Cert: 12A / 121 mins / Dir. Nancy Meyers / Trailer
The obvious benefit to Robert De Niro's recent professional huff-taking, of course, is that audience awareness of this film's borderline graveyard-slot release will he higher, and more buzz equals more bums on seats; fact. However, the downside is that the same audience will be far more critical as a result, expecting the venerated actor to have been defending the honour of some magnificent cinematic achievement, a modern parable and homily for our distracted 21st century mindset…
Y'know, instead of the blandly offensive mom-com*1 that Bobby sleepwalks through using the same clockwork demeanour that's seen him cash the cheques from three Meet The Parents movies and voice an animated shark.
[ …Say what you like about Radio Times journalist Emma Brockes and her veiled intimation that The Intern is perhaps not De Niro's most challenging role, but she's got a great fall-back career in carpentry lined up, having hit the nail right on the fucking head without even trying… ]
On the surface, Nancy Meyers' gentle comedy has all the hallmarks of a classic chick-flick, and there's nothing at all wrong with that. Anne Hathaway does a more-than-respectable job of bringing us Jules, the 30-something, hugely successful founder of an online fashion-house*2, and despite my grumbling, De Niro does pretty much exactly what he's paid to do as the loveable widower seeking a fresh challenge in the world to stave off the boredom and atrophy of retirement. A supporting cast of ironically-bespectacled hipsters and comedically-aged fogeys provide the comic/melodramatic backdrop in equal turn, and for a short time, the film pootles along quite happily in first-gear.
Then after a while, it dawns on you that this isn't really aimed at the girls-night-in crowd, after all (it's certainly not aimed at the girls-night-out one, either). The central conceits of the film seem to be:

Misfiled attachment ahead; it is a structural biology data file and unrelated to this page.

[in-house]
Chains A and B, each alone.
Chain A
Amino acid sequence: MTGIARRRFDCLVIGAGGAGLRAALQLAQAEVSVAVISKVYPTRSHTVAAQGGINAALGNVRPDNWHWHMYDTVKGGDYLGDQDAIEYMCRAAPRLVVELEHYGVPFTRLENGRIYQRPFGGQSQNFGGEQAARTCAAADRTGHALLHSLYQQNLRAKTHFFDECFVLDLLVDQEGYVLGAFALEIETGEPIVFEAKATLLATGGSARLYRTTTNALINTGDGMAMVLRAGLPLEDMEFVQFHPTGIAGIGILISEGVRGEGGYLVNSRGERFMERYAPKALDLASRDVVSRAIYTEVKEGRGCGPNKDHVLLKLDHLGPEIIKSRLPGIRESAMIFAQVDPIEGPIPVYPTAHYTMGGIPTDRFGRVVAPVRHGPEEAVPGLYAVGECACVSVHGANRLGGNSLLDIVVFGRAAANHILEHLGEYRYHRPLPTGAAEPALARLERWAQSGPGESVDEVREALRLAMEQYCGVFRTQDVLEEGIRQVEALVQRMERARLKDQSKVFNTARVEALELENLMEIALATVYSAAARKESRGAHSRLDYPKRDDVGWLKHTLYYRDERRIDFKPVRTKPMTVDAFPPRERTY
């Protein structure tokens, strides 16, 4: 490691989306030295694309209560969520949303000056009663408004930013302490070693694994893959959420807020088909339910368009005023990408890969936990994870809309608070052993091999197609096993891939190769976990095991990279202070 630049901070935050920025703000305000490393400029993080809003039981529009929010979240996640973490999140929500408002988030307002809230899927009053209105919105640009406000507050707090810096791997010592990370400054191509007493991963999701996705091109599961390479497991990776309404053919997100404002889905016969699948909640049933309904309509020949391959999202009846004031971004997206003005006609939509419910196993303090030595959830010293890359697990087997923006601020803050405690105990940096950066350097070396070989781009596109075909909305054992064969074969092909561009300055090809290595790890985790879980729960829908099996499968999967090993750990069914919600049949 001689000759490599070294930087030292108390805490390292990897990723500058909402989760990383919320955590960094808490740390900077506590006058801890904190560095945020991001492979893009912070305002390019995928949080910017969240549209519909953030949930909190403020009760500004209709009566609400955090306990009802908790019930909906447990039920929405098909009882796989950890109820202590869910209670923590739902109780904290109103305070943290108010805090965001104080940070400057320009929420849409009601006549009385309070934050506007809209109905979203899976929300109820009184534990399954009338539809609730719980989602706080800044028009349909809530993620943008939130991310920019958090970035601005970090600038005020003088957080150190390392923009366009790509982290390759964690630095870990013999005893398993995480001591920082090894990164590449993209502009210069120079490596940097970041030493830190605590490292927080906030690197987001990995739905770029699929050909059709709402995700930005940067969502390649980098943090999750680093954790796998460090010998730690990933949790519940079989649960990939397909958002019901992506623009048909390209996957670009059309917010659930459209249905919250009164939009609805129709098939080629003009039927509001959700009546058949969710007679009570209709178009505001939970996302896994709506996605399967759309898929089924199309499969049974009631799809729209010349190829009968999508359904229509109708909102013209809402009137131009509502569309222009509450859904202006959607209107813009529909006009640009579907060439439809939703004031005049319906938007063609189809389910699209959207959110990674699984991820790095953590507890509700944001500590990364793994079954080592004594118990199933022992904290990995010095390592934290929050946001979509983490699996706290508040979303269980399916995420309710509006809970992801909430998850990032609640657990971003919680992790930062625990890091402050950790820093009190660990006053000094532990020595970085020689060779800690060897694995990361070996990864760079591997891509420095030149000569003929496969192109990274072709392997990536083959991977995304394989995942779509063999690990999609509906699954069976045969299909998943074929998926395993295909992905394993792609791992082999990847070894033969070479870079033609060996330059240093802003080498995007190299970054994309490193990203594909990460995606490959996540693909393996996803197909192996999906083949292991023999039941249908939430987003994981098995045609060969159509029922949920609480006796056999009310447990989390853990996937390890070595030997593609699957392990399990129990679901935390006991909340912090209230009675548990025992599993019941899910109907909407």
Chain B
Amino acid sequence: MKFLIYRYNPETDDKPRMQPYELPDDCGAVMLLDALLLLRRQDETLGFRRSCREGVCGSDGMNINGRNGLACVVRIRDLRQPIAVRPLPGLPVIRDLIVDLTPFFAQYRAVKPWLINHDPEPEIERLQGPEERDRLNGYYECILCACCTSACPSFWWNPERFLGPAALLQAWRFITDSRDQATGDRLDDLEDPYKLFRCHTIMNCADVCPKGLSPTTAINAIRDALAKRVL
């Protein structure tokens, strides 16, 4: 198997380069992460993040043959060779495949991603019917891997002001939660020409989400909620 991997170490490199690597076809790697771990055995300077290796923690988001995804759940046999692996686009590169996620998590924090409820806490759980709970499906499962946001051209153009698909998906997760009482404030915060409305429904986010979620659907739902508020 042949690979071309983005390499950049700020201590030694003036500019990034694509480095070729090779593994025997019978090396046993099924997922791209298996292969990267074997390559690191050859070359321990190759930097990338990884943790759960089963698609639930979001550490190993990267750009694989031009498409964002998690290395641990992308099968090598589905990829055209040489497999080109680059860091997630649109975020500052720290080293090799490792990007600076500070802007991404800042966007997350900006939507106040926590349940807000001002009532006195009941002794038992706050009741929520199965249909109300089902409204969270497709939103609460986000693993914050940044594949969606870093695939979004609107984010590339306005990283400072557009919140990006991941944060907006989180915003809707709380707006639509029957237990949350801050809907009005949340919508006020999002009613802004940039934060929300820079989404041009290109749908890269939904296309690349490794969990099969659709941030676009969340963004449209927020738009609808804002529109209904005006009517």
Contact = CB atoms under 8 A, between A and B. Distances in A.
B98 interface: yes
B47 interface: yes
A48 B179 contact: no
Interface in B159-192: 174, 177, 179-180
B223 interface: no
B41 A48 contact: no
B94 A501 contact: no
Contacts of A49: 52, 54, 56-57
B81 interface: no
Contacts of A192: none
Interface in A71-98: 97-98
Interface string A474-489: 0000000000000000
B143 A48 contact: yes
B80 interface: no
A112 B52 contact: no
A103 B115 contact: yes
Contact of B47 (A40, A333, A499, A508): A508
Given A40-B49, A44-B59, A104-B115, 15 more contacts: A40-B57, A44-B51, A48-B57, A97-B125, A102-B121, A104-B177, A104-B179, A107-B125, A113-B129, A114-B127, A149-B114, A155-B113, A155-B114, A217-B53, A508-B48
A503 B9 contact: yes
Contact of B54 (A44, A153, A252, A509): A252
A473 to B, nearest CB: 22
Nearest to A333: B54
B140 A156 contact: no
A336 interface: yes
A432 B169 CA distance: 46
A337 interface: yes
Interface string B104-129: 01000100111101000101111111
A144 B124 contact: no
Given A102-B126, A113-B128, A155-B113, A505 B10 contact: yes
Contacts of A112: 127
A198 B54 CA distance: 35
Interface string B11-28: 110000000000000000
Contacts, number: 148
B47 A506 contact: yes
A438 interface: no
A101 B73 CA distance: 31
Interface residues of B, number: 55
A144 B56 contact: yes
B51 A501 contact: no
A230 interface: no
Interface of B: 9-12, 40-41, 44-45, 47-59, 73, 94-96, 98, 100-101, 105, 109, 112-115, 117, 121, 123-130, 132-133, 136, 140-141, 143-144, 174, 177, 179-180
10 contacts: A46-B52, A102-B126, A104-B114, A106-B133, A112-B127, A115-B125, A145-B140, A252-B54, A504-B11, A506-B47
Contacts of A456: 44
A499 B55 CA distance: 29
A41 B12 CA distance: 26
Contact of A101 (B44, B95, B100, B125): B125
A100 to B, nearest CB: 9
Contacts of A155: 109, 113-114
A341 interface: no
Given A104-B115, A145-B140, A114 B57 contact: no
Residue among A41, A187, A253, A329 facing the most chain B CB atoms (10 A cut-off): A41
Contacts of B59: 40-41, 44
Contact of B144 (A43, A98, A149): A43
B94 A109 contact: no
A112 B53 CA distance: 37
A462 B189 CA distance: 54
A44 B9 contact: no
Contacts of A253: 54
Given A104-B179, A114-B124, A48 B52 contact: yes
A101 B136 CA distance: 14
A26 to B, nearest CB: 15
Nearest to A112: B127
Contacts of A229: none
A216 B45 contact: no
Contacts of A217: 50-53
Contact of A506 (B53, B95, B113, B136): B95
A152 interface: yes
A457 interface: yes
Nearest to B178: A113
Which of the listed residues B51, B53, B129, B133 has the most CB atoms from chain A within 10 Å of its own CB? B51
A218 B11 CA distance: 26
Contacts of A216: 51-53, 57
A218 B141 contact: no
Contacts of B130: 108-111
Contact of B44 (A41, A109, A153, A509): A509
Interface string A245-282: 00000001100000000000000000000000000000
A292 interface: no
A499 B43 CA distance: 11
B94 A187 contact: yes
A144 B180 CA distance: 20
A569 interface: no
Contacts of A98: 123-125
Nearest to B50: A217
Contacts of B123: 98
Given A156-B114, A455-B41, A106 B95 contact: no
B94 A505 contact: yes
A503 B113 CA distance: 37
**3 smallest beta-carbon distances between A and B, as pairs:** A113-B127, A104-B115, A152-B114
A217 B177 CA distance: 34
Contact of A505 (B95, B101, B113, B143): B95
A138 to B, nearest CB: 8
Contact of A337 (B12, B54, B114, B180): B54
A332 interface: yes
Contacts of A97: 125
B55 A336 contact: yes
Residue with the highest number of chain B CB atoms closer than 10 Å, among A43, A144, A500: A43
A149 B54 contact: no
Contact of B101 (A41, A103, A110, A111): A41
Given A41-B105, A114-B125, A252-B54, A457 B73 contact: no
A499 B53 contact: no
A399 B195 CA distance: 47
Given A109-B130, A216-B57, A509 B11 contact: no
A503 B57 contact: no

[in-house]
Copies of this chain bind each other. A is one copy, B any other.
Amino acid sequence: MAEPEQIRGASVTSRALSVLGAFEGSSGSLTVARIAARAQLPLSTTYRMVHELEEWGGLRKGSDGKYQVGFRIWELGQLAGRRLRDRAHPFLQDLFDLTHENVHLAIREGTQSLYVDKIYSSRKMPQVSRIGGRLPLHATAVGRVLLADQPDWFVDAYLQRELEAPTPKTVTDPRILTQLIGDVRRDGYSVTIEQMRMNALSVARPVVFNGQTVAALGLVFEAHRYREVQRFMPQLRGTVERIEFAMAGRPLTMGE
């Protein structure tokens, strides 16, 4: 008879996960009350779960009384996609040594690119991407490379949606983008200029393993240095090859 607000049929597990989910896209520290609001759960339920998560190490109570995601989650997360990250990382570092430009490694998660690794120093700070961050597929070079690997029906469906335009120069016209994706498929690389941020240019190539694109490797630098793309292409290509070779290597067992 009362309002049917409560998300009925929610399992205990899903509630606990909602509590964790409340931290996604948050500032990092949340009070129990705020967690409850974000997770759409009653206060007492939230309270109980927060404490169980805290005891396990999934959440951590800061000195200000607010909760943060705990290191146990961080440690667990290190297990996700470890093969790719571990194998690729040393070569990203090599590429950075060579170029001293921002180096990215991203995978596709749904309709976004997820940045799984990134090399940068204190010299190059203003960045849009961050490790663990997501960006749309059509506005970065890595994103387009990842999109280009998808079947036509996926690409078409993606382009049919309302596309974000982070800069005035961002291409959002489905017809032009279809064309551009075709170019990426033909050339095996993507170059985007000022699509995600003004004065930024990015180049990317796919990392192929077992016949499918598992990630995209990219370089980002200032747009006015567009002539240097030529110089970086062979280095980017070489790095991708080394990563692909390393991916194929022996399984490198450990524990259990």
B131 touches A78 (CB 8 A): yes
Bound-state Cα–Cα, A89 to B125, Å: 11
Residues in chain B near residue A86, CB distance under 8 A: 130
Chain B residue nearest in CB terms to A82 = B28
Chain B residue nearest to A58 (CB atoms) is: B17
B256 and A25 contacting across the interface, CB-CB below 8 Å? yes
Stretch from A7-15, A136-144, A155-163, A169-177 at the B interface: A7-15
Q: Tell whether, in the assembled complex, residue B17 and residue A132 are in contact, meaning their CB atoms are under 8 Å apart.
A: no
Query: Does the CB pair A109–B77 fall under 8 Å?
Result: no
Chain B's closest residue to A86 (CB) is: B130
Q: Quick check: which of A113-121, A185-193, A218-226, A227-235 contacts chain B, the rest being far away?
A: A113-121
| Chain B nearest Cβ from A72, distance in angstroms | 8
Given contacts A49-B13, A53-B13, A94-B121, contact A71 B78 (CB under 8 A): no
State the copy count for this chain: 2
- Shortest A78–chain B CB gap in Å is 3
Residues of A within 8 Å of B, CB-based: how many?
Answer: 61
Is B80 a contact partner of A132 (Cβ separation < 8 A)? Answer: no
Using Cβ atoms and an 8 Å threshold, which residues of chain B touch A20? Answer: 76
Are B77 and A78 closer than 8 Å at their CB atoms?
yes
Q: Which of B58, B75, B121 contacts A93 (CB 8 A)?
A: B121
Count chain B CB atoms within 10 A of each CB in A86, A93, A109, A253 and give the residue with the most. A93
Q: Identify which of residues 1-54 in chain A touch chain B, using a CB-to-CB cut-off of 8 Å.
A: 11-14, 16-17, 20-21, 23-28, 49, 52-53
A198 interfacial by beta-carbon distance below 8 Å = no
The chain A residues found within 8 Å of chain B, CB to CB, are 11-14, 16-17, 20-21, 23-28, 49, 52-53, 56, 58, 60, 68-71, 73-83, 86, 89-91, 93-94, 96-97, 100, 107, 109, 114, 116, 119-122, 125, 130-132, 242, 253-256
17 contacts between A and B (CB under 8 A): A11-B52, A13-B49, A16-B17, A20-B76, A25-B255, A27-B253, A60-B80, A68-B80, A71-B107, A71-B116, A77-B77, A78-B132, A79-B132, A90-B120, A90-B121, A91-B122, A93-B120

a) old people are hilarious because they need glasses and have no idea how the internet works,
b) young people are ghastly because they can't stop looking at their phones,
c) lots of crying with no real character development.
d) just know your fucking place, everyone.
And then, you really lose all grip (as does writer/director Meyers) on who this film is actually for. As a comedy which purports to be about bridging the generation gap, it's insulting to all ages, and as a thesis on the modern businesswoman, its politics are astounding…
Nominally attempting to juggle a home-life with working all hours in the office, Jules is surrounded by staff who either think she's a foul-tempered ogre (she isn't) or that she can't cope with running the business any more (she can), and a sub-plot trundles away in the background where she interviews a series of potential CEOs to take over the company management. Meanwhile, the screenplay punishes Jules further for daring to succeed by having her whiny, stay-at-home-husband conducting an ongoing affair with the stay-at-home-mother of their young daughter's schoolfriend, ostensibly as a subconscious reaction to having given up his own career while Jules flourished in hers.
All of this would be fine if Jules was allowed to put her foot down take control of either situation; it's how characters are built, after all. But the choice hanging around Jules' neck like a narrative albatross isn't a progressive one, it's just about Jules choosing which part of her life to let go of, ie:
a) focus on being the boss at work and abandon your marriage like a selfish bitch..., or
b) let The Man take over the business and go back to fetching your husband's slippers as you should be doing anyway, you selfish bitch, can't you see how unhappy you're making everybody..?
In the end she decides to run her own company and try to rekindle her marriage. This doesn't require any real change or development, it's what she was doing anyway. Jules' inaction has made the decision for her; she hasn't chosen both, she's actually chosen neither. For the second hour of this movie, Anne Hathaway gets to cry on Robert De Niro's shoulder, proving that all she really needed was a non-threatening father-figure to pat her on the head. The facade of professional and domestic fulfilment is barely concealing the film's underlying message: